Strength and Accuracy for the Guitarist


Your Weekly Dexterity and Stamina Exercise

Updated February 3, 2005


Don't Go Anywhere Else!

Woodlawn Cemetery in the Bronx



Playing in the Box

in a Major Place

(Nothing General, Private, we's talkin' Majors!)

Blues/Rock Improvisation


You've seen this first box twice before now and I recycle it here yet again just for the sake of continuity for those who may cruise past this page first. This is the basic minor pentatonic box with the addition of passing tones and other chromaticisms. I may have said this before, but the guitarist should experiment with other notes surrounding the 'pattern' as the guitarist's own aesthetics and musicality -- and creativity -- may find other sonic gems outside my little diagrams.

To the right is a new wrinkle. I call this a major box. Starting on second fret, you will see two black dots and a red dot on the fourth, third and second string. This is an a major chord that every guitarist uses on a daily basis, and is the locator point for the diagram. In other words, if I wished to use this pattern in the key of C major, I would move that entire pattern up to the fifth fret. I reluctantly say that you can tie this box to the "A" position barre chord (which it truly does) but confusion may arise since although the three notes on the fifth fret indicated by the black dots on the fourth and second string and the red dot the third string outline the triad, the guitarist most often cues this chord by the position of his first finger on the third fret. Once again, looking at this diagram, black dots indicate pattern notes, the red dots are tonic and blue dots are what I consider to be good passing and color tones.

To the left is the 'transitional' d major box that I used as a suggestion of a place to run when the I, IV, V progression move to the IV chord. It can be also moved up two frets when the progression swings to the V chord. Not always, and not always necessary, but it is available in certain circumstances. Analyze the three diagrams, overlaying the diagrams in your mind. It is easier (though more confusing) to plot out the notes that can't be used in the key of A major and minor. Think about it though. There really aren't any 'wrong' notes. Even a strong dissonance is musical and useable if it is prepared and resolved correctly!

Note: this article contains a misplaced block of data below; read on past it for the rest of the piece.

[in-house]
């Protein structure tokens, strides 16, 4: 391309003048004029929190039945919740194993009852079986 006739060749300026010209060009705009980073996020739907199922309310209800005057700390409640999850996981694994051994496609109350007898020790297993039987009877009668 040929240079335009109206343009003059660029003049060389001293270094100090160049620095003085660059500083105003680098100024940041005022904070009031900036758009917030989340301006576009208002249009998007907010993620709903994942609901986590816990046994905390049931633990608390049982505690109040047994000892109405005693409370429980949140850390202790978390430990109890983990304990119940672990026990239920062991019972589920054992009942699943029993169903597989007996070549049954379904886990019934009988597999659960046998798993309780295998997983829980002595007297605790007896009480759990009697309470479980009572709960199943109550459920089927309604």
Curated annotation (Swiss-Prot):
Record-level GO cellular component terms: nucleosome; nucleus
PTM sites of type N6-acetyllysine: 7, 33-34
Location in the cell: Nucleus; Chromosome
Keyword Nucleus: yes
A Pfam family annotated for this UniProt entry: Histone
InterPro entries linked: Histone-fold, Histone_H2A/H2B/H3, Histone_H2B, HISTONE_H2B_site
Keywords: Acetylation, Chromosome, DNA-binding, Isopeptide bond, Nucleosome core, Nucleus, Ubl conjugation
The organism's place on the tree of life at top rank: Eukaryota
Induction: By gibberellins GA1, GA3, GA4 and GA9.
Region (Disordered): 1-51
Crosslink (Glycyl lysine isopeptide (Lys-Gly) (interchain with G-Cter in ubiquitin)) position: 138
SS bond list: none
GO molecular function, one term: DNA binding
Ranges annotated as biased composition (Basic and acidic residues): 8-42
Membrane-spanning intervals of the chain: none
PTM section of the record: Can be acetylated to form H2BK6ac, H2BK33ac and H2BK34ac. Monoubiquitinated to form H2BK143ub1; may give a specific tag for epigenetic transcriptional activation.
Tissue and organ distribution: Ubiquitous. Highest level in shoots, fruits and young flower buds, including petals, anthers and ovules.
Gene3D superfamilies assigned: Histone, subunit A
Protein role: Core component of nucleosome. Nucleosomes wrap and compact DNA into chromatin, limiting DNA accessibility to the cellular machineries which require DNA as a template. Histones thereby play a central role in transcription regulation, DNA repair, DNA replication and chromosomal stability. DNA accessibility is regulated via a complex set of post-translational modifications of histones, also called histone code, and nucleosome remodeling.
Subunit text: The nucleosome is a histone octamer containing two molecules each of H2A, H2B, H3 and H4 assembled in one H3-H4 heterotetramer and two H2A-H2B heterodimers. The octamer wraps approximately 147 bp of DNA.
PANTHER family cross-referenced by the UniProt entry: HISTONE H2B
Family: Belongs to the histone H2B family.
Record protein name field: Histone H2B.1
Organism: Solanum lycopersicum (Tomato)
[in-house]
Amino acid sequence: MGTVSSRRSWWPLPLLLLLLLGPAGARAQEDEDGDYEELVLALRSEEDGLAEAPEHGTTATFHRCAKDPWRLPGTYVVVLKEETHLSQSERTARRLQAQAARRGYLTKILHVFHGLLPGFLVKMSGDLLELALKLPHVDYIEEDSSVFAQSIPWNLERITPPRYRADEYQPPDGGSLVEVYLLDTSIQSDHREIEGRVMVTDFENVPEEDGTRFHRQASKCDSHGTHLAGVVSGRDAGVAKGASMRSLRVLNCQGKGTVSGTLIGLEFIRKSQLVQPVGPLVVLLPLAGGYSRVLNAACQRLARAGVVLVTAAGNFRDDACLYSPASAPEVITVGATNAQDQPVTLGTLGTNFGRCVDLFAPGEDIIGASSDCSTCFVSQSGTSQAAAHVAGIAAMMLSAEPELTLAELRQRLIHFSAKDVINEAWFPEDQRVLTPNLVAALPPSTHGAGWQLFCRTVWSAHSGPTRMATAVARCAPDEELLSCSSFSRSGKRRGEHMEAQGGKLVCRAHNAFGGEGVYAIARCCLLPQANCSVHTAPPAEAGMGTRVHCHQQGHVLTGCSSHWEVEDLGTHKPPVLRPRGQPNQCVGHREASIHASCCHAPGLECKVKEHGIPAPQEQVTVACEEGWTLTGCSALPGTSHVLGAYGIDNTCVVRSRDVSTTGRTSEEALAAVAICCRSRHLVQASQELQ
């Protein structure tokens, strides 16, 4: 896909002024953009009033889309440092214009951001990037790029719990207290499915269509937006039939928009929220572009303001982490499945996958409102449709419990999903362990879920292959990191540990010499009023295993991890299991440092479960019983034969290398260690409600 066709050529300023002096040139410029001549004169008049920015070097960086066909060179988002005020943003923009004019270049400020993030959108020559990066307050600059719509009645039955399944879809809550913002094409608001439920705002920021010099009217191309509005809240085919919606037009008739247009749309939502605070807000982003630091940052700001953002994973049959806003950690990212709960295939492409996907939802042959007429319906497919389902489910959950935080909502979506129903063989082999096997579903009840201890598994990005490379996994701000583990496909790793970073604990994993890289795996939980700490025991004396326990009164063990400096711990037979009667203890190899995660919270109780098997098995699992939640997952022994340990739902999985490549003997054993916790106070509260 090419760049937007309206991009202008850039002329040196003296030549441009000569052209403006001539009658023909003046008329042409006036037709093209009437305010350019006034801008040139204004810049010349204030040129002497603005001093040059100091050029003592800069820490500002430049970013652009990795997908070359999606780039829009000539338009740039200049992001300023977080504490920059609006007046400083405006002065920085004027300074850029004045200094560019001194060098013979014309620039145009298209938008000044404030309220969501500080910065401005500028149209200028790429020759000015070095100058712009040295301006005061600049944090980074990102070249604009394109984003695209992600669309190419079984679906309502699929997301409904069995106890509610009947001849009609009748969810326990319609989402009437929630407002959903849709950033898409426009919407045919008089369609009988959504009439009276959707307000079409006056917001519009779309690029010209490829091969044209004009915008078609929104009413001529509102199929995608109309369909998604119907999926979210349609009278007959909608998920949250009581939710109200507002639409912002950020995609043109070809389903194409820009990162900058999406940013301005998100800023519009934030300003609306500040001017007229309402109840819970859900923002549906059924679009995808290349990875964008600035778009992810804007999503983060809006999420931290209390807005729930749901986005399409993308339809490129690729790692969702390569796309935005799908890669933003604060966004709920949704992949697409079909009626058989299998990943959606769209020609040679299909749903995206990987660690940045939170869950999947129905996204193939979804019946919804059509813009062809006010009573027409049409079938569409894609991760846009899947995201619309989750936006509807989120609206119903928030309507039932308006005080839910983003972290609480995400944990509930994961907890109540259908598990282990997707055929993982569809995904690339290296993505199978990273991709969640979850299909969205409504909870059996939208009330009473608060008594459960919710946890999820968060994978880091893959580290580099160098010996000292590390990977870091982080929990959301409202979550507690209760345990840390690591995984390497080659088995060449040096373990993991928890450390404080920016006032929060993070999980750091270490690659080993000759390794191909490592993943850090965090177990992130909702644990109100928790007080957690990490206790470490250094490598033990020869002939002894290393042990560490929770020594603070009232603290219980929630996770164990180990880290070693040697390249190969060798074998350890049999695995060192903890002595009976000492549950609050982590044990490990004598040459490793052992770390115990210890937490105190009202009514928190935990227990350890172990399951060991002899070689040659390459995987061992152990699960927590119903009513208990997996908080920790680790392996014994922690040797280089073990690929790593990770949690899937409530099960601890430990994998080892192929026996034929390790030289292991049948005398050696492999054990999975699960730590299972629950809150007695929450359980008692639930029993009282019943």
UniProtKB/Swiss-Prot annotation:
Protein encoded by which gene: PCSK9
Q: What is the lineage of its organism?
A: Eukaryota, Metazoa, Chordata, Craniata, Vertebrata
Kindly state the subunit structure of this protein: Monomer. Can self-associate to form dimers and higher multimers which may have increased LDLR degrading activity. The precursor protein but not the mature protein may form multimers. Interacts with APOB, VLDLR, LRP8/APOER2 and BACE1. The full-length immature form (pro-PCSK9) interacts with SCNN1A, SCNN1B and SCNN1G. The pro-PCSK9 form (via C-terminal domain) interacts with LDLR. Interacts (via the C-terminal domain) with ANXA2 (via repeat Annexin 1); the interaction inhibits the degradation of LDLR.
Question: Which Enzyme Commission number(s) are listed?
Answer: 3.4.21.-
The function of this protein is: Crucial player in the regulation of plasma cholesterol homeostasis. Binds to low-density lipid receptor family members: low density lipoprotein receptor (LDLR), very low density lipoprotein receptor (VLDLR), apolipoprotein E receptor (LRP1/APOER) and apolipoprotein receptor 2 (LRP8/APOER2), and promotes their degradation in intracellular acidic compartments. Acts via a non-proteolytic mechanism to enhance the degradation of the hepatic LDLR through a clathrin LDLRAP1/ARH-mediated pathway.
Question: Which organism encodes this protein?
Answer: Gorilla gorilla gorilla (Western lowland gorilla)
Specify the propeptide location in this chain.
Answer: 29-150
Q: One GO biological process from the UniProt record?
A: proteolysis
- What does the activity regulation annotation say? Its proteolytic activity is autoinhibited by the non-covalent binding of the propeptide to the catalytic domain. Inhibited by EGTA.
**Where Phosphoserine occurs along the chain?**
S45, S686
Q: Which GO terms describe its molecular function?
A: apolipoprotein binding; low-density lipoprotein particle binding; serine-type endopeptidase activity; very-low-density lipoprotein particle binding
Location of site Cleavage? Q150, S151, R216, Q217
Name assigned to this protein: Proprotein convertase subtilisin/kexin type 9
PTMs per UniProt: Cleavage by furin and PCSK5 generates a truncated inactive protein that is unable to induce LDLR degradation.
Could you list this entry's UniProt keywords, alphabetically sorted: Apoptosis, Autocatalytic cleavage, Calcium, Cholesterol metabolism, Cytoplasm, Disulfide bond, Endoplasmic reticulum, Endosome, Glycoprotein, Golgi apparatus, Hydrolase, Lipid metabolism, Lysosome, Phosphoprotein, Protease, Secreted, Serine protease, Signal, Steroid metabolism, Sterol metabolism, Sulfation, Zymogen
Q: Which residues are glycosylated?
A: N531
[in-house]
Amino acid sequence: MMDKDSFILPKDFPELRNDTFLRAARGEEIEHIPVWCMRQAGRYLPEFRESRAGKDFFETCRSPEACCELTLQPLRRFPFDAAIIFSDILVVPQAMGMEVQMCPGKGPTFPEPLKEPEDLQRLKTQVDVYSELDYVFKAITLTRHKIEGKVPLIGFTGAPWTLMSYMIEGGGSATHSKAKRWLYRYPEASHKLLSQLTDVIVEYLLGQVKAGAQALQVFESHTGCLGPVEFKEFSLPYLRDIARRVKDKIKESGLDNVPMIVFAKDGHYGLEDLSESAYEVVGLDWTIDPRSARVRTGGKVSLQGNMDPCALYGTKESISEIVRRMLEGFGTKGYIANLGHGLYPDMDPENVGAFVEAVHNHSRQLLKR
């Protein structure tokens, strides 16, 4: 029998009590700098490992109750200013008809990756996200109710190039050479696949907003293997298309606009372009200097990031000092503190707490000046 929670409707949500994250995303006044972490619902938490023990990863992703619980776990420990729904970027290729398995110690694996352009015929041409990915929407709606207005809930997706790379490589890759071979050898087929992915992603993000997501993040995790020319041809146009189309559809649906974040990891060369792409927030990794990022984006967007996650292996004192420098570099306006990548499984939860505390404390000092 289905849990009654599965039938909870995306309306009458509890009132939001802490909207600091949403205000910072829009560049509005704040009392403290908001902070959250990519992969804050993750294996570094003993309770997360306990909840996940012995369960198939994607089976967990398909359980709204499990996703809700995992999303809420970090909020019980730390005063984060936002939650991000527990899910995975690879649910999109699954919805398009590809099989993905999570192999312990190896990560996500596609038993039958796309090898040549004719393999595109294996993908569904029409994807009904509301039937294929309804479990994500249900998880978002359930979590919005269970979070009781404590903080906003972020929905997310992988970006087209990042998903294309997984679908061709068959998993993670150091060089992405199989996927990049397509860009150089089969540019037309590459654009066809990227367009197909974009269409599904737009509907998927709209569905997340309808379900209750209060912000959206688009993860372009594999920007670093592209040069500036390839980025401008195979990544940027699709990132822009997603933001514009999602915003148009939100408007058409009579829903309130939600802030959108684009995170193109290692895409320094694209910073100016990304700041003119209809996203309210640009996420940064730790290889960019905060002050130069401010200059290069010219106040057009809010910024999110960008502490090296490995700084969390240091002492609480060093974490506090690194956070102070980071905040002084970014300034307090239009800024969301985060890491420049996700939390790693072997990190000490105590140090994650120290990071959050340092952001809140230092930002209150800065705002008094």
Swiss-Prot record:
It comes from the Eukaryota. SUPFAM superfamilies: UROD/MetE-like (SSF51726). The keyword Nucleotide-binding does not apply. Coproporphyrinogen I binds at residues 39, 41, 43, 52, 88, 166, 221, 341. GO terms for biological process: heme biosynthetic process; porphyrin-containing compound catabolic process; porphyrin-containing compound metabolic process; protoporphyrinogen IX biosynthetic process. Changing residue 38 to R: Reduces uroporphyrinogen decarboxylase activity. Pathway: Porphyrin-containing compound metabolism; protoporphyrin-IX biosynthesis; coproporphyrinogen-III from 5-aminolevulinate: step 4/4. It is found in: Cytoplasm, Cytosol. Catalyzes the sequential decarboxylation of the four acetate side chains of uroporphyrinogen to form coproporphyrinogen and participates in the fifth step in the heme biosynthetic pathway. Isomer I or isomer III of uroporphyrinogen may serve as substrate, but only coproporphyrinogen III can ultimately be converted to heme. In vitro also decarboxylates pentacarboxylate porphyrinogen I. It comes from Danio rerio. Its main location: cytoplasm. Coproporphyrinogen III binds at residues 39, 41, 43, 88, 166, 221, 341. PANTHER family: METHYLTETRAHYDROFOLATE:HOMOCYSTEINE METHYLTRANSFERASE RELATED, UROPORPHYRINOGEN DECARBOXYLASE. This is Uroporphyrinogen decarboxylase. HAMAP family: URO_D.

Okay, here's your freedom from the box: Use these box patterns when the pressure is on and you have almost no ideas flooding into your head. Don't get all condescending and sneer, every real guitarist will tell you they've had brain-fade at the wrong moment--like at the start of a long ad-lib section of a tune. On stage.

Take these diagrams as very sketchy roadmaps and use them to help work out your own signature riffs and licks that you can then use as building blocks to craft an interesting, tasty and apparently spontaneous 'ad-lib' solo.

Learning the box is a necessary discipline to help the guitarist play around the box, through the box and ultimately totally outside the box.

Next week's session will be once again geared towards the classical guitarist. Topic? Stamina and avoiding physical problems such as tendonitis and carpal tunnel syndrome.

That's it!

  LOW END  By Harry George Pellegrin.  The first in the Gary Morrissey series of mysteries.  Dealing with modern subject matter in the classic style of the 1940's Mystery Noire masters--think Raymond Chandler in New York in the 1980's...  LOW END is the story of a drug addict who is murdered after he believes he has found evidence of a major government conspiracy.  Is it only drug-induced paranoia?  Might be, except his paranoia could be considered justified: he was murdered, after all.  Friend Gary Morrissey takes it upon himself to find out just what happened and lands himself in the crosshairs.
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Classic Guitar Method  Composed, written, transcribed, edited and arranged by Harry G. Pellegrin: Now in one volume, much of what the novice classical guitarist will need to know to lead him or her to the recital stage. From proper instrument care and maintenance to the necessary technical skills, musical mind-set, and the standard repertoire—all exposed and explored with enough detail and insight that the student will wish to keep this book handy years to come as a ready reference source.
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DEEP END: The Wreck of the Eddie Fitz  By Harry George Pellegrin. A mystery novel. Involving a semi-professional musician and a Kreyol death cult, DEEP END takes the reader from the bottom of Long Island Sound to the steamy streets and Blues clubs of New Orleans. Alternative spirituality does battle with the common working man.  Published by PAB Entertainment Group in association with
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Reflecting Pools    Original Music by Harry G. Pellegrin:
Reflecting Pools is a departure for me as it is totally keyboard. Well, the guitar did show up on one track...

"...Reflecting Pools is a notable first album [for Mr. Pellegrin]. A dramatic sense of tonality and mood are propelled by exemplary musicianship and exciting compositional exploits."

Available through

...And containing nine tracks that are relaxing, inspirational -- sounds like a snooze. Not really, this is great stuff to listen to on a rainy afternoon, while with your significant other (nudge, nudge, know what I mean?) Please visit the Reflecting Pools page on this site or

In That Zone, is now out! Please visit for details and to order.

See the info page on this site...

Enjoy these sessions of technique builders! Come back next week for more.

Hey, if you feel you've benefited by these pages, please consider buying my novel LOW END through

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